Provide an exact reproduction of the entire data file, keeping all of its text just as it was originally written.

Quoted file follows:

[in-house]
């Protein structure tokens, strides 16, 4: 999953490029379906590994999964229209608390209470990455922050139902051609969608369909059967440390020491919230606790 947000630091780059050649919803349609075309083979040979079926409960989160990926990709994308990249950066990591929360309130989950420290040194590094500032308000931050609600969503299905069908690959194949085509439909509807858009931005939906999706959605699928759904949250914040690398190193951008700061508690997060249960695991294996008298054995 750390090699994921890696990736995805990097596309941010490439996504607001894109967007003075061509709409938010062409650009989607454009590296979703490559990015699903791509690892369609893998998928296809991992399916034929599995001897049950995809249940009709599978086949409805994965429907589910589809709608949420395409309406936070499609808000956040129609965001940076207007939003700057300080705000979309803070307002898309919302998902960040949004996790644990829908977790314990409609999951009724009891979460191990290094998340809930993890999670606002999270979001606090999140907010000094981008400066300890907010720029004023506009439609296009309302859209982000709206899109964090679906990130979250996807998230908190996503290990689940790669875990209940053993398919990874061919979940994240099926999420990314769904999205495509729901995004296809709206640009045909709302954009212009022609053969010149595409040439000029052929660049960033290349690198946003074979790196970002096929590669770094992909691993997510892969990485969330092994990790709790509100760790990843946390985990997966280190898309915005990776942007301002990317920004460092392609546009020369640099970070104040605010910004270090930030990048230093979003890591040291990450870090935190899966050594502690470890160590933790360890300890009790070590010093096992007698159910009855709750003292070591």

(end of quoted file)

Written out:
[in-house]
């Protein structure tokens, strides 16, 4: 999953490029379906590994999964229209608390209470990455922050139902051609969608369909059967440390020491919230606790 947000630091780059050649919803349609075309083979040979079926409960989160990926990709994308990249950066990591929360309130989950420290040194590094500032308000931050609600969503299905069908690959194949085509439909509807858009931005939906999706959605699928759904949250914040690398190193951008700061508690997060249960695991294996008298054995 750390090699994921890696990736995805990097596309941010490439996504607001894109967007003075061509709409938010062409650009989607454009590296979703490559990015699903791509690892369609893998998928296809991992399916034929599995001897049950995809249940009709599978086949409805994965429907589910589809709608949420395409309406936070499609808000956040129609965001940076207007939003700057300080705000979309803070307002898309919302998902960040949004996790644990829908977790314990409609999951009724009891979460191990290094998340809930993890999670606002999270979001606090999140907010000094981008400066300890907010720029004023506009439609296009309302859209982000709206899109964090679906990130979250996807998230908190996503290990689940790669875990209940053993398919990874061919979940994240099926999420990314769904999205495509729901995004296809709206640009045909709302954009212009022609053969010149595409040439000029052929660049960033290349690198946003074979790196970002096929590669770094992909691993997510892969990485969330092994990790709790509100760790990843946390985990997966280190898309915005990776942007301002990317920004460092392609546009020369640099970070104040605010910004270090930030990048230093979003890591040291990450870090935190899966050594502690470890160590933790360890300890009790070590010093096992007698159910009855709750003292070591």